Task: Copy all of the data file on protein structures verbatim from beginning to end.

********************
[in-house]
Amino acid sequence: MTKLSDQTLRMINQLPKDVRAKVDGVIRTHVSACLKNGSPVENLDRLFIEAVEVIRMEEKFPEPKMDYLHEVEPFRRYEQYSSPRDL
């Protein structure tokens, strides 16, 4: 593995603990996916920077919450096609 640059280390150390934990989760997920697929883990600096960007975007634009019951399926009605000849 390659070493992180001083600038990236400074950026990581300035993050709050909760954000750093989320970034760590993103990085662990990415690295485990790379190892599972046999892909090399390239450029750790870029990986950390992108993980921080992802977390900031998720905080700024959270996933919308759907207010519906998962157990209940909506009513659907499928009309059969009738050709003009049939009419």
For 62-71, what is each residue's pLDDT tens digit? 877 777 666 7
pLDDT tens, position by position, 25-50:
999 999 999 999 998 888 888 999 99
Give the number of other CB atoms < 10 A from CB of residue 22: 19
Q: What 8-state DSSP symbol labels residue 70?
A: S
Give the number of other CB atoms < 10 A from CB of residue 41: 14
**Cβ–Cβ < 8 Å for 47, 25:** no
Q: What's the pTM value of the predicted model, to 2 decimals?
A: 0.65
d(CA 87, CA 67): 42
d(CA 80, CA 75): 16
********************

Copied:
[in-house]
Amino acid sequence: MTKLSDQTLRMINQLPKDVRAKVDGVIRTHVSACLKNGSPVENLDRLFIEAVEVIRMEEKFPEPKMDYLHEVEPFRRYEQYSSPRDL
């Protein structure tokens, strides 16, 4: 593995603990996916920077919450096609 640059280390150390934990989760997920697929883990600096960007975007634009019951399926009605000849 390659070493992180001083600038990236400074950026990581300035993050709050909760954000750093989320970034760590993103990085662990990415690295485990790379190892599972046999892909090399390239450029750790870029990986950390992108993980921080992802977390900031998720905080700024959270996933919308759907207010519906998962157990209940909506009513659907499928009309059969009738050709003009049939009419």
For 62-71, what is each residue's pLDDT tens digit? 877 777 666 7
pLDDT tens, position by position, 25-50:
999 999 999 999 998 888 888 999 99
Give the number of other CB atoms < 10 A from CB of residue 22: 19
Q: What 8-state DSSP symbol labels residue 70?
A: S
Give the number of other CB atoms < 10 A from CB of residue 41: 14
**Cβ–Cβ < 8 Å for 47, 25:** no
Q: What's the pTM value of the predicted model, to 2 decimals?
A: 0.65
d(CA 87, CA 67): 42
d(CA 80, CA 75): 16